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This article seems to contradict itself. One paragraph says folks always act in their own self interest and the next bemoans them as 'entitled' for wanting more when their market value increases.

"It is difficult to get a man to understand something, when his salary depends upon his not understanding it."

-Upton Sinclair

The separate statements stand on their own merits, Edward. Check the full phrases for context. Both recruiters and their targets can be expected to choose what each see as best for themselves. And "some perceive" that their personal entitlement expectations are mandates which the company must gratify or be declared "unfair." In some cases, subjective expectations are objectively true and sometimes they are not. But we all have them and act upon them, don't we?

Likewise, what managers might view as betrayals, departing workers may see as simply pursuing equity elsewhere for the welfare of their families. Thanks for bringing up a very important point of contrast. Good eye ...

Does it really make sense to not hire a highly talented person because they don't 'fit' in some sort of pre-ordained concept of what an 'open work slot' requires? If we believe that talent matters to organizational performance does it not make sense to hire the best people and make the 'administrative systems' match the potential the individual brings to the table?

Now I clearly am not informed about all the 'best performing organizations' and how they view talent but in the hundreds of interviews we did a couple of years ago with CEOs of some of the top organizations in the US preparing for the series of articles we published in "WorldatWork Journal" the leaders said that talent matters most and that they will adapt to get the best possible people.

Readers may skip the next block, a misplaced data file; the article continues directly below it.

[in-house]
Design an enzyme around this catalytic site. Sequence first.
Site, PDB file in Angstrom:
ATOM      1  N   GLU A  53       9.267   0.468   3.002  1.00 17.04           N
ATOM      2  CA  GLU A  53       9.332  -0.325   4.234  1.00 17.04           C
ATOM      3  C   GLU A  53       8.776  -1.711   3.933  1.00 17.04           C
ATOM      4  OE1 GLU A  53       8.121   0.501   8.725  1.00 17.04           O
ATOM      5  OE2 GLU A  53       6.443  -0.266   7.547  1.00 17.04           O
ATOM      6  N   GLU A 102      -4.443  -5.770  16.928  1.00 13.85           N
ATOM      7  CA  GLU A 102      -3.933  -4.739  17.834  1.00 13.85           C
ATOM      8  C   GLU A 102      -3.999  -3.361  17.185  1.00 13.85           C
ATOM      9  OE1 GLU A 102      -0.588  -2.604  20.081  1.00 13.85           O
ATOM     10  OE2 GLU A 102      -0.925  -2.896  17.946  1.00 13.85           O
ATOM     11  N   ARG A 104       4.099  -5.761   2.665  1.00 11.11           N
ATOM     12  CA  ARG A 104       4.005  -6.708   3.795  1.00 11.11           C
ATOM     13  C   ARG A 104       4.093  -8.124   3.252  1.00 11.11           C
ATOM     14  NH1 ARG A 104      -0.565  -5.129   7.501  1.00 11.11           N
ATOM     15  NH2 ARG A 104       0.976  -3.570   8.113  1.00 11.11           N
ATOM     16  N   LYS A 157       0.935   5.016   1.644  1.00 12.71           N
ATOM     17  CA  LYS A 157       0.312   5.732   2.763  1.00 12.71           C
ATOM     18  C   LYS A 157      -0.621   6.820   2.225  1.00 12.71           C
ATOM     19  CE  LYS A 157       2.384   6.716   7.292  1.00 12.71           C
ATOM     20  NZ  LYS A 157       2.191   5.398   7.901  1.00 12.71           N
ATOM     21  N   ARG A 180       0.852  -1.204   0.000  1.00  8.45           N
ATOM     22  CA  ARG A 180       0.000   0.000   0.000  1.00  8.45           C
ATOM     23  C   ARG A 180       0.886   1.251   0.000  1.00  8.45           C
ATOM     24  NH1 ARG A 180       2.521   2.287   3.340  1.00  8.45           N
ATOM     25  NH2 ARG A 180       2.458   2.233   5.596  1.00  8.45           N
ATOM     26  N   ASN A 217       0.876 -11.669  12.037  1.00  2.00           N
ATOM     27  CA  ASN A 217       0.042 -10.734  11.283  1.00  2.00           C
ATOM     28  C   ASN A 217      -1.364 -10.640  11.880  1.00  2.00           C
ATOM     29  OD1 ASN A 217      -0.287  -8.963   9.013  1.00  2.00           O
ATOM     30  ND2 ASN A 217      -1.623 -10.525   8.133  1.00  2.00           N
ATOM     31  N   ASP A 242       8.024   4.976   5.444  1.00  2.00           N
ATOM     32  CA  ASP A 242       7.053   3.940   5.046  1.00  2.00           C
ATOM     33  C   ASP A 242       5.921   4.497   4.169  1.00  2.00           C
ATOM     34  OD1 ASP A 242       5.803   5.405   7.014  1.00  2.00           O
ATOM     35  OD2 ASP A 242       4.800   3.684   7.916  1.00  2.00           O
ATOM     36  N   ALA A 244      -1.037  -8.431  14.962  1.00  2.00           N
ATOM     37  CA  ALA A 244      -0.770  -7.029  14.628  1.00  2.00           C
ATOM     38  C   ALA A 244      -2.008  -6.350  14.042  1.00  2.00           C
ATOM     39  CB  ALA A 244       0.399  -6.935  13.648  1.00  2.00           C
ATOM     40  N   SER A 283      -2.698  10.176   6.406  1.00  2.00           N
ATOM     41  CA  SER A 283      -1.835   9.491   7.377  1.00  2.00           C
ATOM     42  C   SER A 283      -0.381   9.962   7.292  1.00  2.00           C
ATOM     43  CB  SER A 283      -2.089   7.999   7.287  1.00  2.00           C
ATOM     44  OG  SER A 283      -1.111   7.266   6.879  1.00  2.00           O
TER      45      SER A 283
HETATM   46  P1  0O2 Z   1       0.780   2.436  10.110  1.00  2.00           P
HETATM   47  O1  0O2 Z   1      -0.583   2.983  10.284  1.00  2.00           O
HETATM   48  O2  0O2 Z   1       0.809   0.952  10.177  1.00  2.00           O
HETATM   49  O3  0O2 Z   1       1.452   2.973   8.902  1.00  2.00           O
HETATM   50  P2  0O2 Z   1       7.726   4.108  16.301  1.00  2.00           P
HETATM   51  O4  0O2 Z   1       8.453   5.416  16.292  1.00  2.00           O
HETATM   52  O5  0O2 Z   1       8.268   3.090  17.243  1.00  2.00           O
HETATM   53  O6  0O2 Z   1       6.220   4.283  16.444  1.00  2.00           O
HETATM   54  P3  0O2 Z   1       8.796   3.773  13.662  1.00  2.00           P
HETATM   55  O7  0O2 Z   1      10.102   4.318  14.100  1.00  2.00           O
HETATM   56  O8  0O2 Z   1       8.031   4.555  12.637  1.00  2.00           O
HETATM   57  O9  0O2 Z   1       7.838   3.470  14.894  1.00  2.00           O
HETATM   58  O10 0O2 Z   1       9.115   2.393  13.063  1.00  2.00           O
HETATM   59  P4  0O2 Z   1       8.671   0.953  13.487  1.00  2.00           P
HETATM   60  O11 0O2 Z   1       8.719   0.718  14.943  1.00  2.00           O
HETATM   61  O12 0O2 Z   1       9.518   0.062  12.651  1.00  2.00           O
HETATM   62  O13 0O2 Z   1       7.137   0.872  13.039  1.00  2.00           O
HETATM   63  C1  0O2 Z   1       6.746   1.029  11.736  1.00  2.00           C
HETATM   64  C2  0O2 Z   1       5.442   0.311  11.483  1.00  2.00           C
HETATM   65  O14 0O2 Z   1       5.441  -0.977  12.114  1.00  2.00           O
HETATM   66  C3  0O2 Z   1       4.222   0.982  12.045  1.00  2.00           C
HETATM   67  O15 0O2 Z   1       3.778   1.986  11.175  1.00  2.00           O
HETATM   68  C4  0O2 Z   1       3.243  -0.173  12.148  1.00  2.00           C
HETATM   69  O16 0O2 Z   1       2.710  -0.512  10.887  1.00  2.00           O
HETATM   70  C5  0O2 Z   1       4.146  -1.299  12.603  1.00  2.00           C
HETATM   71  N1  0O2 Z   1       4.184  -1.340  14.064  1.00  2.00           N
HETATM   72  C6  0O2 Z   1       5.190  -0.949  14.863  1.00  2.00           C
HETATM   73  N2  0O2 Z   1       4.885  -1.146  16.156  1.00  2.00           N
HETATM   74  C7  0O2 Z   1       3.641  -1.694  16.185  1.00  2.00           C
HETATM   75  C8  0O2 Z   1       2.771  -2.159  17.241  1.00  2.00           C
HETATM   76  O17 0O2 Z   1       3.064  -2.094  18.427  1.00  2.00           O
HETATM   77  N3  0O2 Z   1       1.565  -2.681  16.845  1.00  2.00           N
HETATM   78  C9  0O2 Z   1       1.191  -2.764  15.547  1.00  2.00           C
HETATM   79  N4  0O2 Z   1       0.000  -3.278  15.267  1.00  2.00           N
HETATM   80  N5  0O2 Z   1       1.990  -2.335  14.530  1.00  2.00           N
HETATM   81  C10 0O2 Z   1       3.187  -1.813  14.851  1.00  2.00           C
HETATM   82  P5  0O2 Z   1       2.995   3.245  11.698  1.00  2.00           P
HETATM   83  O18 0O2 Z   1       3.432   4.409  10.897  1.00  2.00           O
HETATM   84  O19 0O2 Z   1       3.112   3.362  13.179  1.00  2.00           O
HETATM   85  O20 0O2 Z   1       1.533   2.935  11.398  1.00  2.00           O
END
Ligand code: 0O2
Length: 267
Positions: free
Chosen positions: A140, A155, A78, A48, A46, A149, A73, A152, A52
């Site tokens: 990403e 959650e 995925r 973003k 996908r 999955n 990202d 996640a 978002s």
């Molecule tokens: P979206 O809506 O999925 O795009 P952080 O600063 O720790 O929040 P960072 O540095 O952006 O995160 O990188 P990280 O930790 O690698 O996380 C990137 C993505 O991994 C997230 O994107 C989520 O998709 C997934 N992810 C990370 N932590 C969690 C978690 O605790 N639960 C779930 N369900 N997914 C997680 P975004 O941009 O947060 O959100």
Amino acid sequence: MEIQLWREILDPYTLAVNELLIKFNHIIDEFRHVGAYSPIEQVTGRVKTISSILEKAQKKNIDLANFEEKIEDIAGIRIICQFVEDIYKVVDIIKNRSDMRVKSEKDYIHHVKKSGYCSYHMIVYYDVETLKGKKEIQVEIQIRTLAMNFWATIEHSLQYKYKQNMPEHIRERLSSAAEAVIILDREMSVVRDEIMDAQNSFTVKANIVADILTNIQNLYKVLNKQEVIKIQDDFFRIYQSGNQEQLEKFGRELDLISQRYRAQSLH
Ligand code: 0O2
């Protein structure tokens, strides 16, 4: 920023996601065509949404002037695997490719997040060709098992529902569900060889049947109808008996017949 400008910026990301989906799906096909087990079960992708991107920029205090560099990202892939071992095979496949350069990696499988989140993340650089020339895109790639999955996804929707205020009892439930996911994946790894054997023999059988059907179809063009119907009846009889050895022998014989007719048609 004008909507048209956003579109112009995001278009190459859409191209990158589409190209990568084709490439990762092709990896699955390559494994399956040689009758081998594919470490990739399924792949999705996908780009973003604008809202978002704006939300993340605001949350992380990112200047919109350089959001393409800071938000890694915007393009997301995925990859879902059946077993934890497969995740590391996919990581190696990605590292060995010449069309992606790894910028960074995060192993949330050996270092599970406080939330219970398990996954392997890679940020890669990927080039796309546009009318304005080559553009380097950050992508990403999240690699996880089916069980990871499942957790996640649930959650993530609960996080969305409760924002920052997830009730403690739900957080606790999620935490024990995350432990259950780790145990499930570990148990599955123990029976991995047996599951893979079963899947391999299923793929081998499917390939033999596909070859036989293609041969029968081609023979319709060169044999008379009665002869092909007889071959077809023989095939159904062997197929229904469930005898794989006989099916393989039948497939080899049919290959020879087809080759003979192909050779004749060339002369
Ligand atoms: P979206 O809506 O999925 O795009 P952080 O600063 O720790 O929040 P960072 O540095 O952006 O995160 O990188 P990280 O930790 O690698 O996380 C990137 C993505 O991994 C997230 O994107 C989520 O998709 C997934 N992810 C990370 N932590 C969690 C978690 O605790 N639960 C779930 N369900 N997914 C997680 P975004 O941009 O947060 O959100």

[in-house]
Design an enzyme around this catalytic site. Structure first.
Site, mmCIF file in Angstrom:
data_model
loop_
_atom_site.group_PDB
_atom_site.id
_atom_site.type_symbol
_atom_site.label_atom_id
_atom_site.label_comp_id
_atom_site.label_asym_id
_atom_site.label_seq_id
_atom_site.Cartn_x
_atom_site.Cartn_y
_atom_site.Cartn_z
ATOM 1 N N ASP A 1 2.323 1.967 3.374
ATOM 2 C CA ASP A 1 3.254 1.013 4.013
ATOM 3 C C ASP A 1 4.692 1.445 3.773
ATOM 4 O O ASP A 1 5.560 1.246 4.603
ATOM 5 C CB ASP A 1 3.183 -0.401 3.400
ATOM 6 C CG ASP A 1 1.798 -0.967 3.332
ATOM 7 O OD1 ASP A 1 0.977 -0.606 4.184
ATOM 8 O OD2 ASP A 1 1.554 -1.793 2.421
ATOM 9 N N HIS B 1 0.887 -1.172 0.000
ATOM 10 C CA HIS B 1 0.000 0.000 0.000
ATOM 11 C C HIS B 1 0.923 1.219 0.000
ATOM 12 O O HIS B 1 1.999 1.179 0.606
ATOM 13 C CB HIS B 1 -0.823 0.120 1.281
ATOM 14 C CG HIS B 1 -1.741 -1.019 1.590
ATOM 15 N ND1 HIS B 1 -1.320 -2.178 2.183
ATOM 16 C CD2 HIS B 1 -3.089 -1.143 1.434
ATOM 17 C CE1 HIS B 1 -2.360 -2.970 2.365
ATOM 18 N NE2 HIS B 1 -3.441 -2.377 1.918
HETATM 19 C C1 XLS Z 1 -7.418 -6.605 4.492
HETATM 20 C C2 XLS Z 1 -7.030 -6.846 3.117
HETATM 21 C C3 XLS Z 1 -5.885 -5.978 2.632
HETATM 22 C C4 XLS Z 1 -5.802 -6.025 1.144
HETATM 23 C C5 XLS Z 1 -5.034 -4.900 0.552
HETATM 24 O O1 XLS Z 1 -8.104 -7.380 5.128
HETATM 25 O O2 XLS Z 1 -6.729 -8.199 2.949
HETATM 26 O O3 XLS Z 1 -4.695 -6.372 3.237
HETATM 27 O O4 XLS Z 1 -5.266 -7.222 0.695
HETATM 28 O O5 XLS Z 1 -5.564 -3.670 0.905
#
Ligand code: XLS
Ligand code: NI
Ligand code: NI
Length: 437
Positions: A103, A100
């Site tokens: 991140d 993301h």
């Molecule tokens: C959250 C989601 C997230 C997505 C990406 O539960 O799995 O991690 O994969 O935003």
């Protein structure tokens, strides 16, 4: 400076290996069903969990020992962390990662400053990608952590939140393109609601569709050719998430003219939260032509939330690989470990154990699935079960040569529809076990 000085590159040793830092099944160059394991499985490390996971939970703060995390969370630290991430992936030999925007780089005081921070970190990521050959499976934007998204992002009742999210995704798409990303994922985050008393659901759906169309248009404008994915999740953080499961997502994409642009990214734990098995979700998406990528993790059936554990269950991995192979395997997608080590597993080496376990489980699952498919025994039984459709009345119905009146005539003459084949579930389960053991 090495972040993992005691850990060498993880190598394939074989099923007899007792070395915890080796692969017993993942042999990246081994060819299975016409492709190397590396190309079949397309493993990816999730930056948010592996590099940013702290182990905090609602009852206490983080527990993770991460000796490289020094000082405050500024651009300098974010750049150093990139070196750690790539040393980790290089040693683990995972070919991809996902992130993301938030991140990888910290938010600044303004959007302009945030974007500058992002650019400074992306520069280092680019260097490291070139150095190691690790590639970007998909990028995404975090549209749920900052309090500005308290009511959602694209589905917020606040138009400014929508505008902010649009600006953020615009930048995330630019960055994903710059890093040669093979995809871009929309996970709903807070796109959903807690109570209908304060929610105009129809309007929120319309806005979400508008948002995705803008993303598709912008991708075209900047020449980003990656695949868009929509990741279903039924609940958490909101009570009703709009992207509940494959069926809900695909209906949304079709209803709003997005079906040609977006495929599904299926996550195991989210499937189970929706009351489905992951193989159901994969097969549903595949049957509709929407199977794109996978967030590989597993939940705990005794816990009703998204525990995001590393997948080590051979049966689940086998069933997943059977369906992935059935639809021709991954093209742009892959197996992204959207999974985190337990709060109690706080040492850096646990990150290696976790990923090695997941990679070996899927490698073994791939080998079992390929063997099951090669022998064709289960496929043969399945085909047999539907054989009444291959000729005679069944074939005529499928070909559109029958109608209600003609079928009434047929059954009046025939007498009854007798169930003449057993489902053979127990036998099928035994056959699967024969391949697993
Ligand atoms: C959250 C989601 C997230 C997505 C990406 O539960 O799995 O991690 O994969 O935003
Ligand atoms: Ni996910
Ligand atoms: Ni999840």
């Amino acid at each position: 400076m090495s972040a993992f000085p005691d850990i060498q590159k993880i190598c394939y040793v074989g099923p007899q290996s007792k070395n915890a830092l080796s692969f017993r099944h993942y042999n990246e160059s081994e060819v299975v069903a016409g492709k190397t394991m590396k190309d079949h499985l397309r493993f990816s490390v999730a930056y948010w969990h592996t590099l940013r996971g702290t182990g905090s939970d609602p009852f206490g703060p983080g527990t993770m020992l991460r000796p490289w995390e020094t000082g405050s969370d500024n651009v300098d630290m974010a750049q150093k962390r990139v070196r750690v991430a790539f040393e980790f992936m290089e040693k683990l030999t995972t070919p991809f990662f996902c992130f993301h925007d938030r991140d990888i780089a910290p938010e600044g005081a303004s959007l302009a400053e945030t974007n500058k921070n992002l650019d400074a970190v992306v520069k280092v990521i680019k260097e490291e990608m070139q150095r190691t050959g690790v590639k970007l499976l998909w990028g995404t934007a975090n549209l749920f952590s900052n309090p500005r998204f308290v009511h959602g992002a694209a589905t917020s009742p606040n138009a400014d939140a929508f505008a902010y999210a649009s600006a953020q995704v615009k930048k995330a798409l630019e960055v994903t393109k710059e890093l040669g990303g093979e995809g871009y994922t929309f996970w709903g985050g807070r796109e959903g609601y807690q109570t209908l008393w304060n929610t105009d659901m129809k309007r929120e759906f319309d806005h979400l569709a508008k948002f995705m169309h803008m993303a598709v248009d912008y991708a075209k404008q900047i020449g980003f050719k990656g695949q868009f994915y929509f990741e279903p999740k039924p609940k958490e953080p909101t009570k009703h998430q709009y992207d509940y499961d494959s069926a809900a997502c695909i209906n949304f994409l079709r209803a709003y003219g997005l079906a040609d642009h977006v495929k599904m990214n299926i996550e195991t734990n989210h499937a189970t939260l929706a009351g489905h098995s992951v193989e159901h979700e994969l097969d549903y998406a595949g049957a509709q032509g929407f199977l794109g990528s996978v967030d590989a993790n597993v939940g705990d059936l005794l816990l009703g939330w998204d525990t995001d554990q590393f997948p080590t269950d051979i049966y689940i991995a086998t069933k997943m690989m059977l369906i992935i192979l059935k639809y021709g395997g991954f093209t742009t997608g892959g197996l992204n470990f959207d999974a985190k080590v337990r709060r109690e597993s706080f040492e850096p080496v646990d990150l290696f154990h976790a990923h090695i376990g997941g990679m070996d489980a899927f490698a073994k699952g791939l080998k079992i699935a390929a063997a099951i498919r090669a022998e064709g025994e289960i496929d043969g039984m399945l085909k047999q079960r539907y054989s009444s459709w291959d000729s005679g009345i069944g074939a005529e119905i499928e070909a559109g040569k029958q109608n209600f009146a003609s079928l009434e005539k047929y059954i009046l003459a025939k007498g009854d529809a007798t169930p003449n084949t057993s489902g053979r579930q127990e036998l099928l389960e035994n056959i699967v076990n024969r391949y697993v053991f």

About the only organizations that were not able to offer reward solutions for the best talent from outside were the government agencies.

Again, paying for skill and competency is the best solution for encouraging talent growth and making your organization attractive to as many 'overqualified' people as you can get. When was the last time that your CEO told you to 'go out and recruit 20 people from the VA or Post Office:? Bet you a buck they never say that sort of nonsense.

No, this standard traditional CYA practice does NOT make sense, Jay, absent the conditions I outlined. Underlings tend to be more concerned about avoiding making a decision that can be criticized (a "mistake") than in selecting the best candidate. In my experience, they simply sort out the dangerous outliers and go with the safest choice who can garner unanimous approval. CEOs are paid to take chances, but not their minions, I fear. Hope I'm wrong, though.

There is nothing wrong with people leaving one organization and joining another. True professionals do this all the time.

So an organization hires someone they view as 'overqualified' and they add value while they are there and move on. Or the organization recognizes their value and 'makes room' for them. Is not the real issue the 'qualified' person who is an under performer and the organization fails to 'cull' them out in order that they can find a talent 'fit' elsewhere?

In many instances 'loyalty' to an organization or a long-service employee is a 'death trap' for both the organization and the professional worker.

This is a good topic with many 'paths to follow' and you deserve credit for bring it up.

Not a good situation for me in the 3 jobs that I was hired into for which I was overqualified. I was perceived as a threat to the supervisor, the status quo, or the plan specialists, and saw my work sabotaged and ignored. The company may say they look for the most talented person, but in reality the organization is sometimes not supportive. Cannot recommend the practice, based on my experience.

Honestly sorry to hear that, Ross. Having it happen three times in three different companies is perhaps a record? Hope you were able to get on the right course after these experiences.

Since I also have had many bad experiences both hiring and being the "overqualified" person, I would ask for a success story or two to balance this discussion. While I fully agree with Jay and others that smart organizational leaders sincerely believe that top talent SHOULD be hired and developed, where is the proof that their underlings actually follow those lofty ideals? Who has seen a clearly overqualified new employee stick around and prosper after being brought on board to perform a role far beneath their abilities?

Theory is nice but reality can bite.

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